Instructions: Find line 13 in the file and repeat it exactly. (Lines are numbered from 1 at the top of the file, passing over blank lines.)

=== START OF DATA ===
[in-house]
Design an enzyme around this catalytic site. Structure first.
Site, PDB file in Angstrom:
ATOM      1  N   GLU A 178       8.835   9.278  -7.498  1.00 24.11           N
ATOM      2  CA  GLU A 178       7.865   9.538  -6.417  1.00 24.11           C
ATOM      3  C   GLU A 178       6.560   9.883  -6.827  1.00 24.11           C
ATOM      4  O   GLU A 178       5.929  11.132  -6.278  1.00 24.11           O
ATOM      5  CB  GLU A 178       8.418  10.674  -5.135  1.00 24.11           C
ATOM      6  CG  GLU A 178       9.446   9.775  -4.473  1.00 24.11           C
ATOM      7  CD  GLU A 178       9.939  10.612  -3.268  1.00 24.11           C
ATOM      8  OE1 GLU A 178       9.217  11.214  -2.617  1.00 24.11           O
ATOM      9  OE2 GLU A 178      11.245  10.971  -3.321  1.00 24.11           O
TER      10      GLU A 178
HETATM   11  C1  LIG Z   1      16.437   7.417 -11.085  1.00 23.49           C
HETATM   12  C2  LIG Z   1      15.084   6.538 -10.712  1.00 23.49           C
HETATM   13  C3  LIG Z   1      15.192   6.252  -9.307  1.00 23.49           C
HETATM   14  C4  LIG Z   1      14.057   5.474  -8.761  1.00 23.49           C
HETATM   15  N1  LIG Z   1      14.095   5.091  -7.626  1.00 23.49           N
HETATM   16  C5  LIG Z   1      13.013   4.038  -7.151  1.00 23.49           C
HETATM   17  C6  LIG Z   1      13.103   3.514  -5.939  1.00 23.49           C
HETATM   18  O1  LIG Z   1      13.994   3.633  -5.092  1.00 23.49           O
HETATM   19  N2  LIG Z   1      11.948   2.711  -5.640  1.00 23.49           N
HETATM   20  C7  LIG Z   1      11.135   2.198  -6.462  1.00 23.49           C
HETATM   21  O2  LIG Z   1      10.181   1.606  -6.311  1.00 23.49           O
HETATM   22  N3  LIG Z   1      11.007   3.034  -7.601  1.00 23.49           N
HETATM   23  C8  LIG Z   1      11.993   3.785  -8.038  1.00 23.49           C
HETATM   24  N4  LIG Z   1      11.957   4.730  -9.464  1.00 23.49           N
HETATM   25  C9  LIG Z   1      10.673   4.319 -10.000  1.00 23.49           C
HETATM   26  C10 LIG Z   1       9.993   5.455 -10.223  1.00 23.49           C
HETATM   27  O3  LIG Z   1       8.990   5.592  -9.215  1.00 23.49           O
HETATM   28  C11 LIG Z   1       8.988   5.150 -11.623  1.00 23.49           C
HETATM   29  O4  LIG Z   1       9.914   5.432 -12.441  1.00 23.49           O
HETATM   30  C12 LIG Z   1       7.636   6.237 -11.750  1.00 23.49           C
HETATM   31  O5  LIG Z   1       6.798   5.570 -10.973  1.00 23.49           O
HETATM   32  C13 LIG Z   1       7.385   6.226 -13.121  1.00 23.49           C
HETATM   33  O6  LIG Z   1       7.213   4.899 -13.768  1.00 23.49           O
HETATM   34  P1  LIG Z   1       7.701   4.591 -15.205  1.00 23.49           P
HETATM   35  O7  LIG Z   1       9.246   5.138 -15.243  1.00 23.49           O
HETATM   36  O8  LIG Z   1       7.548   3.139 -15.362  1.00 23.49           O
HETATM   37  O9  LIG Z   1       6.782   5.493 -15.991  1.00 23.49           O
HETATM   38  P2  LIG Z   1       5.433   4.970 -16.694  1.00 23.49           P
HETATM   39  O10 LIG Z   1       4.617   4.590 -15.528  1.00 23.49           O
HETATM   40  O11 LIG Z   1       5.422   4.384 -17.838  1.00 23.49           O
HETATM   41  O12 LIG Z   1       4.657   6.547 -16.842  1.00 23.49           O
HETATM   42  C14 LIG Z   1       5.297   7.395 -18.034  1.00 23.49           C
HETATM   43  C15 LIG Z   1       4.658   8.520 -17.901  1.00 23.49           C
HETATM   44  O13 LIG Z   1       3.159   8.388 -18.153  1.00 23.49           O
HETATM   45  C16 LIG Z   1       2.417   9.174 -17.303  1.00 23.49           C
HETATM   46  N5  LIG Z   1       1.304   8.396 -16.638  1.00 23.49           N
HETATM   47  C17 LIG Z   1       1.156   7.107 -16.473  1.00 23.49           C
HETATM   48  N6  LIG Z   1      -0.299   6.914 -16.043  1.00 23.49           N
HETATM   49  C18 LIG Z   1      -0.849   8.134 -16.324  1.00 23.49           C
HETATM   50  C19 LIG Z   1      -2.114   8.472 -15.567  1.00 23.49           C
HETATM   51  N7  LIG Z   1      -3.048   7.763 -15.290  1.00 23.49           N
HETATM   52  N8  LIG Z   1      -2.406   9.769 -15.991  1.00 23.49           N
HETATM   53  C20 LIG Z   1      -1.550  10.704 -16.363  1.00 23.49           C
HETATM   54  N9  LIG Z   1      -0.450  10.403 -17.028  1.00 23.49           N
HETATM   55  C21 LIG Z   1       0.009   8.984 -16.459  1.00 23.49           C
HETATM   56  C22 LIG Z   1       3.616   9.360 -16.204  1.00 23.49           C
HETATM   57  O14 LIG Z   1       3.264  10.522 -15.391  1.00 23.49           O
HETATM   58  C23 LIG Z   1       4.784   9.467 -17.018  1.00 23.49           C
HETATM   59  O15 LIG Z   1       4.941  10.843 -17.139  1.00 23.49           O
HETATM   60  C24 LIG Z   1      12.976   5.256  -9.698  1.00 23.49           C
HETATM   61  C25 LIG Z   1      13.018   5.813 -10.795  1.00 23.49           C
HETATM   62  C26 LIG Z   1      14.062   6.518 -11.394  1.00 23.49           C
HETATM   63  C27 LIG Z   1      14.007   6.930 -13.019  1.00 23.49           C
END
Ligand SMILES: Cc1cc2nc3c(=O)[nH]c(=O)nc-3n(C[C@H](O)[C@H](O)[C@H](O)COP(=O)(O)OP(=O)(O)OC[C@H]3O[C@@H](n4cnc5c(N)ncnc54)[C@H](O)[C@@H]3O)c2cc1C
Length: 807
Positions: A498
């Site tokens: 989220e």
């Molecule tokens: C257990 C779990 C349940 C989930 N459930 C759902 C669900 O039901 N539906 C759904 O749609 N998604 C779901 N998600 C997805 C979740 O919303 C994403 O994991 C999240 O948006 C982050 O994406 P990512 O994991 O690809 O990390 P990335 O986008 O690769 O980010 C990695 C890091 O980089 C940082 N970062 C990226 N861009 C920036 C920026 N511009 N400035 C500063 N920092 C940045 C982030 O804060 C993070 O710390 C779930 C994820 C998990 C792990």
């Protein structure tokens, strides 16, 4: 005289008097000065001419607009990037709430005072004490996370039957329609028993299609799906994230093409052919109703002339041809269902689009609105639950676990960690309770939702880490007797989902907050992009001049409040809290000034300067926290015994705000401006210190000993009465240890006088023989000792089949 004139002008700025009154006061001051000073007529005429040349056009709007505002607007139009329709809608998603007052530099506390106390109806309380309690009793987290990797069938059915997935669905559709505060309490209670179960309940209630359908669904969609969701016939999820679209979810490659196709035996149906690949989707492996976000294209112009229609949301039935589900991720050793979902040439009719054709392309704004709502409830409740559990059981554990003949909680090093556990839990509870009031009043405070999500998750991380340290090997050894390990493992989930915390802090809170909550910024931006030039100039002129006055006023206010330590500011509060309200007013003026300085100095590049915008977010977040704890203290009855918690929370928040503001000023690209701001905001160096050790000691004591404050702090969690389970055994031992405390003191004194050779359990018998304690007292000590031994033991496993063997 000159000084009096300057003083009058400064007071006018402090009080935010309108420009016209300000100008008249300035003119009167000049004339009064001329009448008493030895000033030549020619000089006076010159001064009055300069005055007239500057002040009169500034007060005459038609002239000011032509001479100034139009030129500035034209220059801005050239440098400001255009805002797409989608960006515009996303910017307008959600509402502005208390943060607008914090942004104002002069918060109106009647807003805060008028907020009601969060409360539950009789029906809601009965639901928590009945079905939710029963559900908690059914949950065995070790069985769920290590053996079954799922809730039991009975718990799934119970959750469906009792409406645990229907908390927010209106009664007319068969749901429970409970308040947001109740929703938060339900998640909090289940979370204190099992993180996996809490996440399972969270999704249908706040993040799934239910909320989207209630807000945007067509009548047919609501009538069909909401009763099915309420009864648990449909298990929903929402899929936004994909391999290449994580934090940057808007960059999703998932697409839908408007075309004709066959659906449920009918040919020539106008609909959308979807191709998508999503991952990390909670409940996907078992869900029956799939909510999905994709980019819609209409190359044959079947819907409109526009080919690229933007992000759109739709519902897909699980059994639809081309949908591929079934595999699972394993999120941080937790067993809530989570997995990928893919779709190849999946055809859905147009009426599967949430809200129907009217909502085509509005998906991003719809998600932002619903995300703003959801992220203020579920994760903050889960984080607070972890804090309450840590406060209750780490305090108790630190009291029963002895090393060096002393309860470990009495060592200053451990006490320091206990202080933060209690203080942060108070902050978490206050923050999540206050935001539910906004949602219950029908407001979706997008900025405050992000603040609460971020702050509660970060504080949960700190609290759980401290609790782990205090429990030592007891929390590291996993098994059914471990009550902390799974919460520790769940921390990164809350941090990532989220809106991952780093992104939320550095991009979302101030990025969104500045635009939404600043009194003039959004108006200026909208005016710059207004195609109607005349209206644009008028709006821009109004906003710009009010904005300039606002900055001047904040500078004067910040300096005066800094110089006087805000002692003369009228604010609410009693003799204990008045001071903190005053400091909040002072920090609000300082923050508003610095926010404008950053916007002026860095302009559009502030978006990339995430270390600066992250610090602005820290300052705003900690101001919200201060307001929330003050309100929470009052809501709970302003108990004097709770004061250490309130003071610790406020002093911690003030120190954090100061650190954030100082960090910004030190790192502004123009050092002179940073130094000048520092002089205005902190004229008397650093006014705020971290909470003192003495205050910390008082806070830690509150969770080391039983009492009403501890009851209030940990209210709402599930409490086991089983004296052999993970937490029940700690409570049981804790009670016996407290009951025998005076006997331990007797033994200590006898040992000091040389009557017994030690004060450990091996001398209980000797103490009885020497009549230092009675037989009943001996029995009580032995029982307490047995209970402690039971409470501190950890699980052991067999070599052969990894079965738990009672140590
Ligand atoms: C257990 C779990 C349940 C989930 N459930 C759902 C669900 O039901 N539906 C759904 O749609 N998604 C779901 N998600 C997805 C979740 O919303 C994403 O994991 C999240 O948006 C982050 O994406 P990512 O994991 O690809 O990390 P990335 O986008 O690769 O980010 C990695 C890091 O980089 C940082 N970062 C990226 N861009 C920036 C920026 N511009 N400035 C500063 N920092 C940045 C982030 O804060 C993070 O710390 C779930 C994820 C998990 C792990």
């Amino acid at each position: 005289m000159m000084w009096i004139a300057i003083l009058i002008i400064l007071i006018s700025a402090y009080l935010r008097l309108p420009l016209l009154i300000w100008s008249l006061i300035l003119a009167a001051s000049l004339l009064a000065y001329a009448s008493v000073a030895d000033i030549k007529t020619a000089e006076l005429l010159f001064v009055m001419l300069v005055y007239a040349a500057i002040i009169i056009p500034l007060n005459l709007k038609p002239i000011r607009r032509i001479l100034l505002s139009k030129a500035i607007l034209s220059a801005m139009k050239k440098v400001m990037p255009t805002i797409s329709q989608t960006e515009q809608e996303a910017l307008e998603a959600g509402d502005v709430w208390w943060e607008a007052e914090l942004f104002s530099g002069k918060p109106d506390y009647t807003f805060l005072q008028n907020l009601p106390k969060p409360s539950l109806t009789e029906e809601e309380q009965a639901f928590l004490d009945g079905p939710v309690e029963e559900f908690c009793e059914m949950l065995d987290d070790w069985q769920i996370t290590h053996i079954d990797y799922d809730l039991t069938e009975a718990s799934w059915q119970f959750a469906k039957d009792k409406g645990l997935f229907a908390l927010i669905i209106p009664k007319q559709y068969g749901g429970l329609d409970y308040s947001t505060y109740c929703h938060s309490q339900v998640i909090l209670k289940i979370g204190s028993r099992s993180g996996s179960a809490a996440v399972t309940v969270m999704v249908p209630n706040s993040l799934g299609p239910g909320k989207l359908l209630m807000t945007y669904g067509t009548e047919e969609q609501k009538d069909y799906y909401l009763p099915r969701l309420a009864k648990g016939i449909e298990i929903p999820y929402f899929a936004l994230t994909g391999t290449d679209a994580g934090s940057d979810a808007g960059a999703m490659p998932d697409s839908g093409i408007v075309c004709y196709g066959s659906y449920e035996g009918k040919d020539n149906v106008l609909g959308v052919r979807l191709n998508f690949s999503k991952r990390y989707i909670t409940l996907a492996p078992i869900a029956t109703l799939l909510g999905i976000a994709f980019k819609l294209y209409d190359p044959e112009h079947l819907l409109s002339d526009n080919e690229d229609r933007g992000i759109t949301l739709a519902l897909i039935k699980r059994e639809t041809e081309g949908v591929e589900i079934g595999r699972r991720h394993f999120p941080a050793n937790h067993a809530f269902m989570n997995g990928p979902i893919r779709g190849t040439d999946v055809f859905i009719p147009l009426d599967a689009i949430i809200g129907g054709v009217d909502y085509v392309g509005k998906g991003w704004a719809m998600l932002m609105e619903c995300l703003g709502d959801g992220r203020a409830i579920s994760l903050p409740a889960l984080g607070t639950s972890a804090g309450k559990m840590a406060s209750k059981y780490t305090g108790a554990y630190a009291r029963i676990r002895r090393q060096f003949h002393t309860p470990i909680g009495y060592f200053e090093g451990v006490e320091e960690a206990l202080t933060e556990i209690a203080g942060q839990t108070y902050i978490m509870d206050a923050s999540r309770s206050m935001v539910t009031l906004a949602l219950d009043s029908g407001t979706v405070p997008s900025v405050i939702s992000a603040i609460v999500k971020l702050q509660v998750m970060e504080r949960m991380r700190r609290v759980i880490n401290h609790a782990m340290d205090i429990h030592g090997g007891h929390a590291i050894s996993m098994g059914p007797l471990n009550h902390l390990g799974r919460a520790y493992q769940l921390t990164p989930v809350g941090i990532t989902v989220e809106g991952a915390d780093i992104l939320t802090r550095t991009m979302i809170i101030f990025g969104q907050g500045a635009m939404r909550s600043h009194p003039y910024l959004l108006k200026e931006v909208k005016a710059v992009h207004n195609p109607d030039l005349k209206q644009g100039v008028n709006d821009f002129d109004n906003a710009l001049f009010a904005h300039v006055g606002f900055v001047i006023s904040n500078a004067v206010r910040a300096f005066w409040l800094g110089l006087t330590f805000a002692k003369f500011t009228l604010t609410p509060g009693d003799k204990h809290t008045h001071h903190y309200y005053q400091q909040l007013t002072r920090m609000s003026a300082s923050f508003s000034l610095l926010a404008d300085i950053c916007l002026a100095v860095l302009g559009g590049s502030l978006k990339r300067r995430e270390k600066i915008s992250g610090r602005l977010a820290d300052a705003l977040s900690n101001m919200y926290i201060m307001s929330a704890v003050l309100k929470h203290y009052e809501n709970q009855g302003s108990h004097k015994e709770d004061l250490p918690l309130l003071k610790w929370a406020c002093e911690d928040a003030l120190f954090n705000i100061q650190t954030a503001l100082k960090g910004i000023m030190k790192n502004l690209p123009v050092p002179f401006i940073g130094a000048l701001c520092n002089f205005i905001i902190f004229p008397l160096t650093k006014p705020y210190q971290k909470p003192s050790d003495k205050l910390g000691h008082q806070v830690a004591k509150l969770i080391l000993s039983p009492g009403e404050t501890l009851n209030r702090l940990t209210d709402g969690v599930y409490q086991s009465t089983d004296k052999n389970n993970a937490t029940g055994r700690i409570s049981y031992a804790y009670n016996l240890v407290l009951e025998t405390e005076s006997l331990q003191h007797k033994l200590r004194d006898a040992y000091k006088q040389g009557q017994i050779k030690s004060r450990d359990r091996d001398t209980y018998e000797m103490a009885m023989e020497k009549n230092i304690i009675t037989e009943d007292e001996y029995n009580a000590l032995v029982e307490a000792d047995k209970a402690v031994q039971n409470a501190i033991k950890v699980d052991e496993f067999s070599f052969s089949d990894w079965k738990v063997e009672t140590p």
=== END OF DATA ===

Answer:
TER      10      GLU A 178